Owning Genres


I find the idea that a developer could own the rights to a video game genre to be ridiculous. It goes back to Boyden. There are so many ways in which a battle royale video game could be “expressed” that to allow the developers of PUBG to retain exclusive rights to all battle royale games would be a huge overreach. There’s no argument as to whether a specific developer owns the rights to first-person shooters, MMORPGs, zombie survival games, sandbox games, etc. Why should battle royale be any different?

The developers of PUBG created a novel and exciting game in the current landscape of the gaming industry, and the market has handsomely rewarded them for it. If they want to continue their success, then they should focus on continuing to provide what players have deemed to be a superior product, not on figuring out legal methods of stifling competition.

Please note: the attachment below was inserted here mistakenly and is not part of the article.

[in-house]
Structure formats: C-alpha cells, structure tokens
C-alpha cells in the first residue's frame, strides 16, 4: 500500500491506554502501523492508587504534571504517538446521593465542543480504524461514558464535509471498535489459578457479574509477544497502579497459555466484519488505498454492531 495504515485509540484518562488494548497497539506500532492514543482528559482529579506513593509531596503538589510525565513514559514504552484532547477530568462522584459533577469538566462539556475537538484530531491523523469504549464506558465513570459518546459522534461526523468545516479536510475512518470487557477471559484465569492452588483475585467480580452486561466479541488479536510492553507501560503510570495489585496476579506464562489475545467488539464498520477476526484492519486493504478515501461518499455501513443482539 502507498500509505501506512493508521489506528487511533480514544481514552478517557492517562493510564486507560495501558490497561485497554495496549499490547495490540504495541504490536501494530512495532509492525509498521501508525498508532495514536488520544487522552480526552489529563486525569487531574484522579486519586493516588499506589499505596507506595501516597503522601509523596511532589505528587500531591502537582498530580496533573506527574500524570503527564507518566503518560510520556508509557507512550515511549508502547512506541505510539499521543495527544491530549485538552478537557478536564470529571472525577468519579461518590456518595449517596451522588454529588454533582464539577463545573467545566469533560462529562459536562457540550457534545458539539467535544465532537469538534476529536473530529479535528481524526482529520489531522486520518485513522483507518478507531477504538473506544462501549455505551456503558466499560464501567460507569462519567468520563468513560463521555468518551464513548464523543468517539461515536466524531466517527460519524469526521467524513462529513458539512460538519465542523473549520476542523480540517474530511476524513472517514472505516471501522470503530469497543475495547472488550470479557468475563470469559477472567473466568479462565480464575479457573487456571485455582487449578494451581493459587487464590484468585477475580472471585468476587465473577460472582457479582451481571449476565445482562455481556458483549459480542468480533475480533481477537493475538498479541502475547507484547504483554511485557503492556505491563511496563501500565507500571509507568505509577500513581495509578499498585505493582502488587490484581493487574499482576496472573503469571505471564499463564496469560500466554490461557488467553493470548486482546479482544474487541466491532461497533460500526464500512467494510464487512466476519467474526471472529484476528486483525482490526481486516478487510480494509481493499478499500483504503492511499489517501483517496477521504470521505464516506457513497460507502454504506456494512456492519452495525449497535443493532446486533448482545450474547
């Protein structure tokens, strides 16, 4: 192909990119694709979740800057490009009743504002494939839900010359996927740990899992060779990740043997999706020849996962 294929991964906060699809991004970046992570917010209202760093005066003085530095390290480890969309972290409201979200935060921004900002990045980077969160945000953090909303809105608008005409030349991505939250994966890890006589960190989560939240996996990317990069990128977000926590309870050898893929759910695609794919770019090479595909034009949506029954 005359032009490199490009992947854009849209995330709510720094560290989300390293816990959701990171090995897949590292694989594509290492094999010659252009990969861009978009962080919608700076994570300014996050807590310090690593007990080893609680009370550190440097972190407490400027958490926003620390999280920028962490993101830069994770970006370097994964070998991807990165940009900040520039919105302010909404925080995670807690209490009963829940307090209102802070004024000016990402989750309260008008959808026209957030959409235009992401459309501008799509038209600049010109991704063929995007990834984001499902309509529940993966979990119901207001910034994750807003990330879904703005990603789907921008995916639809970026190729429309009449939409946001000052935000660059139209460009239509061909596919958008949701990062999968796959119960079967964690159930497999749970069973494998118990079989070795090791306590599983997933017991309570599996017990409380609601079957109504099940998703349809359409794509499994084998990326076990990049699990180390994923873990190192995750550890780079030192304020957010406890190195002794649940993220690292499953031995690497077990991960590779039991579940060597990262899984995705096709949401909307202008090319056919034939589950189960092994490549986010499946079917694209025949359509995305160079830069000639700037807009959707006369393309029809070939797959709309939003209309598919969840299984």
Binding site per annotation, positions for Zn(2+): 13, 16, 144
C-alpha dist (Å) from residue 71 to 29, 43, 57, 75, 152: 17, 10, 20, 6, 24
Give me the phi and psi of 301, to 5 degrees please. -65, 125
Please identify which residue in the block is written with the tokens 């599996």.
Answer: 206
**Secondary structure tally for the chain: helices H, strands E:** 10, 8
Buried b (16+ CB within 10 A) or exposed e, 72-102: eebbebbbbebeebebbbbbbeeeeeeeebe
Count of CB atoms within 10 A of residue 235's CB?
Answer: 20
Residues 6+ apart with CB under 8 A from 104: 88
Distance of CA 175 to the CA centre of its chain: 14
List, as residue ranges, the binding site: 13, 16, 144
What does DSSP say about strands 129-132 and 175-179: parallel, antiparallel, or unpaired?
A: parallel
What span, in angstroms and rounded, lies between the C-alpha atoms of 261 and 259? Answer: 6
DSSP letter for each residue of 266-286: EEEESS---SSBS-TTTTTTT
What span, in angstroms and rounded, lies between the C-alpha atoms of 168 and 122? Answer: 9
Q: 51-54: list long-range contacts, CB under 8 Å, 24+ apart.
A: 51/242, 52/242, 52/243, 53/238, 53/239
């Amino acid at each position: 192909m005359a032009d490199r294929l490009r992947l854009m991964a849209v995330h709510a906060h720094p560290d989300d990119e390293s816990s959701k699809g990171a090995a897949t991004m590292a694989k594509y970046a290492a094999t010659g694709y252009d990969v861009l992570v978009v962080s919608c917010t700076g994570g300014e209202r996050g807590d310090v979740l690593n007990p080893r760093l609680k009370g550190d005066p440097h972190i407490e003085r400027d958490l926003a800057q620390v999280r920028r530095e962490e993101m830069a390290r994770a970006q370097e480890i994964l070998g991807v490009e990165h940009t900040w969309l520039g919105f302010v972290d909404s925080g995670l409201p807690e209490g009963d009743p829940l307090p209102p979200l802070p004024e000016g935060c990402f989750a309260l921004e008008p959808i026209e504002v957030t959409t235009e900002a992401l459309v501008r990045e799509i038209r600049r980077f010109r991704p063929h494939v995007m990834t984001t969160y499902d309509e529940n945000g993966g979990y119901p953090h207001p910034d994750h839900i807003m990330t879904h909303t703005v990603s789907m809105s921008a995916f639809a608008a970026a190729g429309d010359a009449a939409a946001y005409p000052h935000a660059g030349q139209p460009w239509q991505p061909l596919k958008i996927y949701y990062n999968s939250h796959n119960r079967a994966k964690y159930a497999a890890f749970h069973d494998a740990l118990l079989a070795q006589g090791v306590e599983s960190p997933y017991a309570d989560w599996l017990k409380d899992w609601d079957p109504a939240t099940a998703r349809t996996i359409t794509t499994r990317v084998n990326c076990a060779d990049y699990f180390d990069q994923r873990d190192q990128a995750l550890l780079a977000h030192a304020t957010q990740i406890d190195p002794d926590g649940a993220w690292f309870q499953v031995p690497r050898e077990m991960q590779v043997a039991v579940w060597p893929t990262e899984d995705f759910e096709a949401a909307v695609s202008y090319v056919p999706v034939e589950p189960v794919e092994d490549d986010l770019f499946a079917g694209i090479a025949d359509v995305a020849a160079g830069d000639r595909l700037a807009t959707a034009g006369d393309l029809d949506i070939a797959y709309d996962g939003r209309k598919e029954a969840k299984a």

Somewhat unrelated, but continuing from last week’s discussion about ads in video games, this is my vote for worst product placement of all time in any media form: https://www.youtube.com/watch?v=oQYwFND7rHE

One response to “Owning Genres”

  1. colomban young-smith

    Building on this, how close would a game to that genre for enforcement to take place? What if I parachuted into a Battle Royale genre game, as an alien, and were fighting zombies instead of other players? Would Battle Royale be able to enforce their rights against this new game? There are too many variables in game design and creation to allow for genres to be protected.